Brussels pressures Spain to ban single-use plastics and pass the waste law | Climate and Environment



The European Commission has been monitoring Spain’s management of its rubbish for years, one of the priorities in environmental matters that the community institutions have set, concerned about the impacts generated by some waste such as plastics. Brussels has just opened a file on Spain for not transposing the 2019 directive on single-use plastics, which includes a ban on the sale of a series of products such as cotton buds, cutlery, and drinking plates and straws. This veto should have entered into force on July 3 throughout the European Union, but Spain has not yet approved the waste law, the rule that will allow this measure to be applied, with which it is once again failing to comply with community legislation in an environmental issue.

The waste law – which also includes two new taxes to boost recycling and reduce plastic packaging – is currently being processed in the Senate. The deadline for amendments ended yesterday after reaching the upper house after a complicated vote in Congress. Because the norm was approved by a different majority from that of the investiture of Pedro Sánchez: it went ahead thanks to the favorable votes of PSOE, United We Can, Citizens, PNV and More Country and with the abstention of the PP. But the Catalan independentistas of ERC, PDeCAT and the CUP voted against. And, according to socialist sources, the ERC’s rejection of this law remains in the Senate, so its processing is open. The same sources calculate that in April the norm could be approved to, again, be voted on in Congress.

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ERC’s rejection is motivated by the new state tax that the law will set to tax the deposit of waste in landfills and incineration. Spain has a problem because the main destination of rubbish is precisely that, the landfill, and not recycling and reuse. A dozen autonomous communities in Spain have this type of rate, including Catalonia. But the European Commission has asked Spain in several reports to introduce a state tax that harmonizes this taxation so that waste does not travel between autonomous communities to avoid taxes. ERC refuses to lose control of this tax, but the Ministry of Finance has transmitted to Esquerra on several occasions that it is not possible to include an exception for Catalonia in a state tax, according to sources familiar with these negotiations. The other tax that is included in the law that is being processed is the one that is levied on plastic containers, which is also included in another European directive.

The file that Brussels has just opened against Spain for not banning straws and other single-use plastic products is not the only one. There are two more related to waste: last June the Commission gave an ultimatum to Spain to transpose another directive of 2018 that includes, among other measures, the new recycling objectives until 2035. If Spain persists in not complying with this directive of four years ago, the Commission will bring the country before the Court of Justice of the EU.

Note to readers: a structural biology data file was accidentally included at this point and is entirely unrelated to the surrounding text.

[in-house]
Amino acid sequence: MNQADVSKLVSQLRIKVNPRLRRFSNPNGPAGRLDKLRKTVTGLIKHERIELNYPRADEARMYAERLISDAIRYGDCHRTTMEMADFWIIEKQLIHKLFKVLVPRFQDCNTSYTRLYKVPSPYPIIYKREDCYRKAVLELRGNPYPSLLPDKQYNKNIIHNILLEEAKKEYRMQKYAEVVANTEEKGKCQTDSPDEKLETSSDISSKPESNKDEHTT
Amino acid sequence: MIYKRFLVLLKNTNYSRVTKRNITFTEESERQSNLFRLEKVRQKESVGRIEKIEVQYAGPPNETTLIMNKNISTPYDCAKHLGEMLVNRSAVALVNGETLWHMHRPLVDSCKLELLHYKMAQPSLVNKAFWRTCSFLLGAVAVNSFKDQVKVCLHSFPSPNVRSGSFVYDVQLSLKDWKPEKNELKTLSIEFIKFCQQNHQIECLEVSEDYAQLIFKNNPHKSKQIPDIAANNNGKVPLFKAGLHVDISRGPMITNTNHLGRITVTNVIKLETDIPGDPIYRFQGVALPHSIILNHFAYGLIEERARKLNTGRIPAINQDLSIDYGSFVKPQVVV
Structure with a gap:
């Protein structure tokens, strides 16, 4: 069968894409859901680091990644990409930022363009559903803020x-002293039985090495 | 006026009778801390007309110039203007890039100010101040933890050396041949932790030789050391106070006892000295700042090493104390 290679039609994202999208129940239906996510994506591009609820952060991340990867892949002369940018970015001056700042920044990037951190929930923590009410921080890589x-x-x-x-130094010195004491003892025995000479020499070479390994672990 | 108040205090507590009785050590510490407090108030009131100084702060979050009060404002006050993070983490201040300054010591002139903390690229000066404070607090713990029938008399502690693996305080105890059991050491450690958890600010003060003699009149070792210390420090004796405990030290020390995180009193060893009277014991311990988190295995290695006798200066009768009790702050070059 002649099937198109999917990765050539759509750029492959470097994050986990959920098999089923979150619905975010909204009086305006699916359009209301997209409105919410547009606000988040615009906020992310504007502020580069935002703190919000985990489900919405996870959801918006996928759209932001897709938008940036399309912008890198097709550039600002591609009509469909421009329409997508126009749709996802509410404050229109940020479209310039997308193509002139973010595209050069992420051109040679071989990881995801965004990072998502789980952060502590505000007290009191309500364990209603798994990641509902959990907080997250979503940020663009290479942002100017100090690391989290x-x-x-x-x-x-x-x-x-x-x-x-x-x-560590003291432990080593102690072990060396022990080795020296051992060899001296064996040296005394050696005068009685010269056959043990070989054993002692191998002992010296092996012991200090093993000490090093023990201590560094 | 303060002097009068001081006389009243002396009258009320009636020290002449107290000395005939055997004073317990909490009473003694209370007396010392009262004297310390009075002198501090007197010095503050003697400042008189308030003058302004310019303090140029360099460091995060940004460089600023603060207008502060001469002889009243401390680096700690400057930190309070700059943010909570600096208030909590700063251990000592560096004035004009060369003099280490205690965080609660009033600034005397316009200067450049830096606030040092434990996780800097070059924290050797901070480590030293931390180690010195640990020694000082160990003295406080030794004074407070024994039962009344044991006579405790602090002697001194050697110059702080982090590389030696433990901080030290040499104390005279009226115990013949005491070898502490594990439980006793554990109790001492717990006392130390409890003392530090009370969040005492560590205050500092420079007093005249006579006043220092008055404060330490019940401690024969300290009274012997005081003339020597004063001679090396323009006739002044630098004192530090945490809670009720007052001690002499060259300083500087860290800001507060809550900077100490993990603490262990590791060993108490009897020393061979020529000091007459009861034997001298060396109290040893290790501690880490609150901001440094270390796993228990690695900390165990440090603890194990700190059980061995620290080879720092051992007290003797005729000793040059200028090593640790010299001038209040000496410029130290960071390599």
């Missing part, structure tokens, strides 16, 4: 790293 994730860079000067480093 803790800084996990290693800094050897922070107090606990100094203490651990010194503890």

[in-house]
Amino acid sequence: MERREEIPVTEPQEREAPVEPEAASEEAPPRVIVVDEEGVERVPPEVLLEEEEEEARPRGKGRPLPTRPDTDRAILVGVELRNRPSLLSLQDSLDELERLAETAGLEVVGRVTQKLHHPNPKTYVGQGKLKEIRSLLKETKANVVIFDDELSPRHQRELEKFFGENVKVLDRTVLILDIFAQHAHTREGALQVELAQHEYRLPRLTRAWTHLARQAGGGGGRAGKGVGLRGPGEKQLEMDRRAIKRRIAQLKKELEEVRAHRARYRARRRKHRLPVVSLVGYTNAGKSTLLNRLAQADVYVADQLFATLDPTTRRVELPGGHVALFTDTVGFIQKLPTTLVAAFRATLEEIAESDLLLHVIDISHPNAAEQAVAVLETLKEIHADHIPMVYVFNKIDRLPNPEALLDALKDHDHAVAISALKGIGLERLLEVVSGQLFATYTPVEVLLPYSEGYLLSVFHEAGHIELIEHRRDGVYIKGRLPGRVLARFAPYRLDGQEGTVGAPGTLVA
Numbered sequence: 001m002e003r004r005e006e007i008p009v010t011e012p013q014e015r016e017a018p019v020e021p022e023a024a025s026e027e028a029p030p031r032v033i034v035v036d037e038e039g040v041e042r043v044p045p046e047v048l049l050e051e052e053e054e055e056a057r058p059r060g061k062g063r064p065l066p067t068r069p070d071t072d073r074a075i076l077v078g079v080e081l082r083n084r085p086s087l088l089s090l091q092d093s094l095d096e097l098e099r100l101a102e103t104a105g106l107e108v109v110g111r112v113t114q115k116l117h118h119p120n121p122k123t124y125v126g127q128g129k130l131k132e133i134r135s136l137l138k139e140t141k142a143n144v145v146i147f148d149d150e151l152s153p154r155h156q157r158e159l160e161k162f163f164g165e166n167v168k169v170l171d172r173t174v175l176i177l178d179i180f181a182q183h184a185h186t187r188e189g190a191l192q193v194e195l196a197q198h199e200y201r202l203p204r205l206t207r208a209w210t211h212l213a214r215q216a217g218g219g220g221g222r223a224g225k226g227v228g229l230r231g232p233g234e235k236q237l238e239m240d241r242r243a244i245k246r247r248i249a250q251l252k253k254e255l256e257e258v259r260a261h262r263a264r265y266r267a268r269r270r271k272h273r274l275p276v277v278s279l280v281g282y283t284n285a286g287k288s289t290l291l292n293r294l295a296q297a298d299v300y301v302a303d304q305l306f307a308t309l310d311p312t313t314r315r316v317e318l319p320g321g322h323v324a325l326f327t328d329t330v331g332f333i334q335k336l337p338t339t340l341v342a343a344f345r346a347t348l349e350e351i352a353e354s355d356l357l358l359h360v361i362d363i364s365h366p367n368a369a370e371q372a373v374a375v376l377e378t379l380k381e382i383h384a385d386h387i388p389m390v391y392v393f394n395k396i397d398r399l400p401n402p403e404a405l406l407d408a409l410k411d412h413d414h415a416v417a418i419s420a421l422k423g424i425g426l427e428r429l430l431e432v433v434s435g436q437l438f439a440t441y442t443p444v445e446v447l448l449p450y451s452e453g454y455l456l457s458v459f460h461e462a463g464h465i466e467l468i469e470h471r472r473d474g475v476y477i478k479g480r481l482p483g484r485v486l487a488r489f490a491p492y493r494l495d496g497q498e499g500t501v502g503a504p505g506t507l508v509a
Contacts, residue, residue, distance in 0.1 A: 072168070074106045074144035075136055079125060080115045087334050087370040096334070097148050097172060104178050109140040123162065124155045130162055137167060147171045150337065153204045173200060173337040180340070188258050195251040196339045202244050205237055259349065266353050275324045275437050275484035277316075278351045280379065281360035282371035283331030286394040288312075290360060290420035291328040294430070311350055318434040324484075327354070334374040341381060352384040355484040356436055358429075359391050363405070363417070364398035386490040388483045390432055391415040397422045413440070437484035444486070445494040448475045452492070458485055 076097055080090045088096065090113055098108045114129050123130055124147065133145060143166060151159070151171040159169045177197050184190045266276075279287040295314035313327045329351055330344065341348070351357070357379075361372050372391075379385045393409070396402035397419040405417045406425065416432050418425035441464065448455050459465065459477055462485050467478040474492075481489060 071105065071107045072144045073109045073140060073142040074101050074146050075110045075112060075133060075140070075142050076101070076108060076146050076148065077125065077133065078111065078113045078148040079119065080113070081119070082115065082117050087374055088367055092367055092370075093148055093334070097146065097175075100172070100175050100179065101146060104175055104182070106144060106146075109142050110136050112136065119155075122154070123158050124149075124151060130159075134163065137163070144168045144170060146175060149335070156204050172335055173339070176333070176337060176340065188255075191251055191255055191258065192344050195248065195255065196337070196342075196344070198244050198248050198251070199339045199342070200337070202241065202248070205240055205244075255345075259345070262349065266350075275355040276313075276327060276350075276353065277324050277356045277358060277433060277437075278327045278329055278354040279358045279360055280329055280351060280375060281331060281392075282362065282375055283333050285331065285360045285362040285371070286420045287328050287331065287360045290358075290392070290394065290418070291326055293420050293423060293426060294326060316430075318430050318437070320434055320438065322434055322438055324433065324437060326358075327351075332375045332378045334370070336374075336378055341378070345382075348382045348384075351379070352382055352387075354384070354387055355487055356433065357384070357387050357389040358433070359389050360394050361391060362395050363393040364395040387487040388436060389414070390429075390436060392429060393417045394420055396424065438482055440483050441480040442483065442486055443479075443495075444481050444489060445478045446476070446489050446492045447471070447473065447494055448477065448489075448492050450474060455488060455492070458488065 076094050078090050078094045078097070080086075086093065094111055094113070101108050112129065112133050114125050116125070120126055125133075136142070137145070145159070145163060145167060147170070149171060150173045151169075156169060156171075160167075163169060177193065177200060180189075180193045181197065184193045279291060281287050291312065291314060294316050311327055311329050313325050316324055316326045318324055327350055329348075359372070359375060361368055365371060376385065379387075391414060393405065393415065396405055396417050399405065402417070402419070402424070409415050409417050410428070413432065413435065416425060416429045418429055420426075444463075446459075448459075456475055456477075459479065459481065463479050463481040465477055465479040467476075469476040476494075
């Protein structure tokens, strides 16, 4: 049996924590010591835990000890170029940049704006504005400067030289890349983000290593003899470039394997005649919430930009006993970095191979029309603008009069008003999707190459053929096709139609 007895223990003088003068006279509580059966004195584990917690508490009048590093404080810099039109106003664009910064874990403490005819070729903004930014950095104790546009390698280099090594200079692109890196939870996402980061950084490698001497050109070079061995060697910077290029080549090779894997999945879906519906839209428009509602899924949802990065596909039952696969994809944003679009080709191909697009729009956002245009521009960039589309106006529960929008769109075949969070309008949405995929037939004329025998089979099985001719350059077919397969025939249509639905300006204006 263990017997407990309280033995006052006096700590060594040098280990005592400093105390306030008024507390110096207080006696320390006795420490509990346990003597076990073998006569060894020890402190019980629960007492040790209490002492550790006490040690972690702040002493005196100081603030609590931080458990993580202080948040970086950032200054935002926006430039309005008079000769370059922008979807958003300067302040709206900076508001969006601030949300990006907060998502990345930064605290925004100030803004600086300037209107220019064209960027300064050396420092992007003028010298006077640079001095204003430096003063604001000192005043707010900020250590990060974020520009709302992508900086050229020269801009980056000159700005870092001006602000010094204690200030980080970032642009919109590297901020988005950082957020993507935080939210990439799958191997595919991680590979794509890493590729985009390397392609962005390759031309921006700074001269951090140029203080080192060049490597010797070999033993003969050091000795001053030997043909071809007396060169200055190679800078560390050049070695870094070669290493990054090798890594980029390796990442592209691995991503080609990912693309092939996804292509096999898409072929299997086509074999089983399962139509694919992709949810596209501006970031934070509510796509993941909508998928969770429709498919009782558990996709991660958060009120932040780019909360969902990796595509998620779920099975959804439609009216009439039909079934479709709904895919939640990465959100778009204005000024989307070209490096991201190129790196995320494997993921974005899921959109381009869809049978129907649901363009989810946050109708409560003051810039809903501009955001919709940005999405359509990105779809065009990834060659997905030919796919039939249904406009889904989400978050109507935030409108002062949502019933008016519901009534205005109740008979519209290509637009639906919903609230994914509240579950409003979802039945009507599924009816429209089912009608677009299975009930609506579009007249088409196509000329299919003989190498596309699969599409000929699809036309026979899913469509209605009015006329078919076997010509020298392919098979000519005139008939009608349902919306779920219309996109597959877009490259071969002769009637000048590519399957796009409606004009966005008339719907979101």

Most European defaulters

In the case of single-use plastic products, the file is still in an initial phase, which was opened on January 27 with a letter sent by the Commission to the Government warning it of this infringement. Specifically, the breach refers to Directive 2019/904, which establishes a ban on the marketing of 10 non-reusable plastic products, the ones that most often end up polluting the environment. In addition to those already mentioned (cotton sticks, tableware and straws), the veto affects drink stirrers, balloon sticks, glasses, expanded polystyrene containers for food and beverages and all products made of oxo-degradable plastic (which naturally decomposes , but leave toxic microparticles behind).

Spain is not the only country that is in a situation of non-compliance with this directive; there are 14 other countries in the EU subject to the same reason. Although only Poland, Slovenia, Malta, Luxembourg and Cyprus have not yet applied any initiative to incorporate this European standard into their legislation. Others, including Belgium, Finland, Ireland and Portugal, have taken some step, but not enough so that Brussels has not filed them. While Germany, Sweden, France, Denmark, Croatia and Hungary have done their homework.

Last June, when the date on which the ban on the marketing of single-use plastic products should have been implemented was approaching, the General Subdirectorate for Circular Economy of the Ministry for Ecological Transition released an “information note” on the which implied that the veto would come into force on July 3 in Spain despite the fact that the law was not ready. Given the bewilderment in the sector, the ministry said it was studying whether the directive was directly applicable, something that is only provided for in community regulations for regulations. Finally, Brussels makes it clear with the recent opening of the file that Spain should have approved seven months ago and the law that transposes the directive.

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George Holan

George Holan is chief editor at Plainsmen Post and has articles published in many notable publications in the last decade.

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